The start of a fresh new season is inching ever closer (and on time, too, wonder of wonders), and with it, thanks to realignment, comes a fresh new crop of division rivals. So it can't hurt to get a little refresher course on just who the Caps will be facing the most this season, and just how the Division's top players stack up against one another.
As we've done in the past, we'll be counting down the top ten players by position - this time in the Metropolitan Division - as well as the top prospects from the eight teams. And to kick it all off, the guys between the pipes...
Emery has been one of the NHL's better redemption stories in recent years, turning around a career that seemed destined to be sidetracked by injuries and off-ice issues before finally winning a Cup with Chicago this past spring. And this summer he returned to the place where that redemption story began, Philadelphia, to try and lend some credibility to a netminding situation that always seems to be lacking in that department. His numbers were sparkling last year as a 1A to Corey Crawford (including just one loss in 21 regular season games) and he's been solid overall throughout his career. That said, let's be honest... the road may be a bit bumpier this year than it was last year, because (understatement alert) the Flyers are not the Blackhawks.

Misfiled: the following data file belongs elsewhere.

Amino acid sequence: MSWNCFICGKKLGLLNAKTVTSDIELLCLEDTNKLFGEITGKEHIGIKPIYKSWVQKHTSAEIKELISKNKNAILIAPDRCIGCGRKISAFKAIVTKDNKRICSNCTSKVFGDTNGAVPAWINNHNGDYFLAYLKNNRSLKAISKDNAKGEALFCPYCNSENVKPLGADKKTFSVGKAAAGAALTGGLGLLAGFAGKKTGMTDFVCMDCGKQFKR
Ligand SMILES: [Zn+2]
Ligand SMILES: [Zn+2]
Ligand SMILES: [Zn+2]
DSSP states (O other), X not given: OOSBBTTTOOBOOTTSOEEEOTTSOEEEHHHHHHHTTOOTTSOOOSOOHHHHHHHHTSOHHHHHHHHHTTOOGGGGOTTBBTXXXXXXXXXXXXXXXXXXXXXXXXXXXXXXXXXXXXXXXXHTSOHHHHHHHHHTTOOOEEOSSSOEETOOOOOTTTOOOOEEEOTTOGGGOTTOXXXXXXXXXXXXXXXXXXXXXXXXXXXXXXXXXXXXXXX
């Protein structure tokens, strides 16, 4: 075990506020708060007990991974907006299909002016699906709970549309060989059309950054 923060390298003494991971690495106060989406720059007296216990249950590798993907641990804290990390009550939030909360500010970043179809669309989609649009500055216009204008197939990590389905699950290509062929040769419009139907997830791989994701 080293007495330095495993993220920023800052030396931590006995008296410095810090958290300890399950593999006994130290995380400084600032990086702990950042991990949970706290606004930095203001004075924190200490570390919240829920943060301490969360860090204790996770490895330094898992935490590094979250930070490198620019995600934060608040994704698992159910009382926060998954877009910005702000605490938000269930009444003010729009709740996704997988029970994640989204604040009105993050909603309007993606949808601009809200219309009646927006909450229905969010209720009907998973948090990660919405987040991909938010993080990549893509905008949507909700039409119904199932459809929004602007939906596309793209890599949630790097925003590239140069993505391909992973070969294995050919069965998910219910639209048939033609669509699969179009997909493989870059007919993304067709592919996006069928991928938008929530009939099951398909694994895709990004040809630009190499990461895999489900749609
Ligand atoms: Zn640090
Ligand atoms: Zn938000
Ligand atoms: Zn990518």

Like the Flyers, the Islanders have had some turbulence in net in recent years - so if nothing else Nabokov provided them with some semblance of stability this past season. His numbers were decent but not spectacular, and there were times in the first round matchup with Pittsburgh where his team seemed to win in spite of him (or worse, lose because of him). Still, he played almost 2500 minutes, second only to Lundqvist in the Atlantic last year, faced the fifth-most shots in the NHL and posted three shutouts along the way.
Prior to the shortened 2013 season, Michal Neuvirth stated that Braden Holtby would be his "weakest competition yet"... which unfortunately still didn't assure him the starting goaltender job, as Neuvirth would play in just 13 games last year. Only four of those would be wins, as well (although some of that falls on his team, as those four wins were also the only four games in which they gave him any run support). That said, he saw his save percentage rise from the previous season despite getting less work and handled his light workload - complete with razor-thin margins of error - like a professional (despite his offseason chattering). And at just 24 he's still not quite in his prime; he may not have the starter's job (yet) but he's one of the Division's better backups.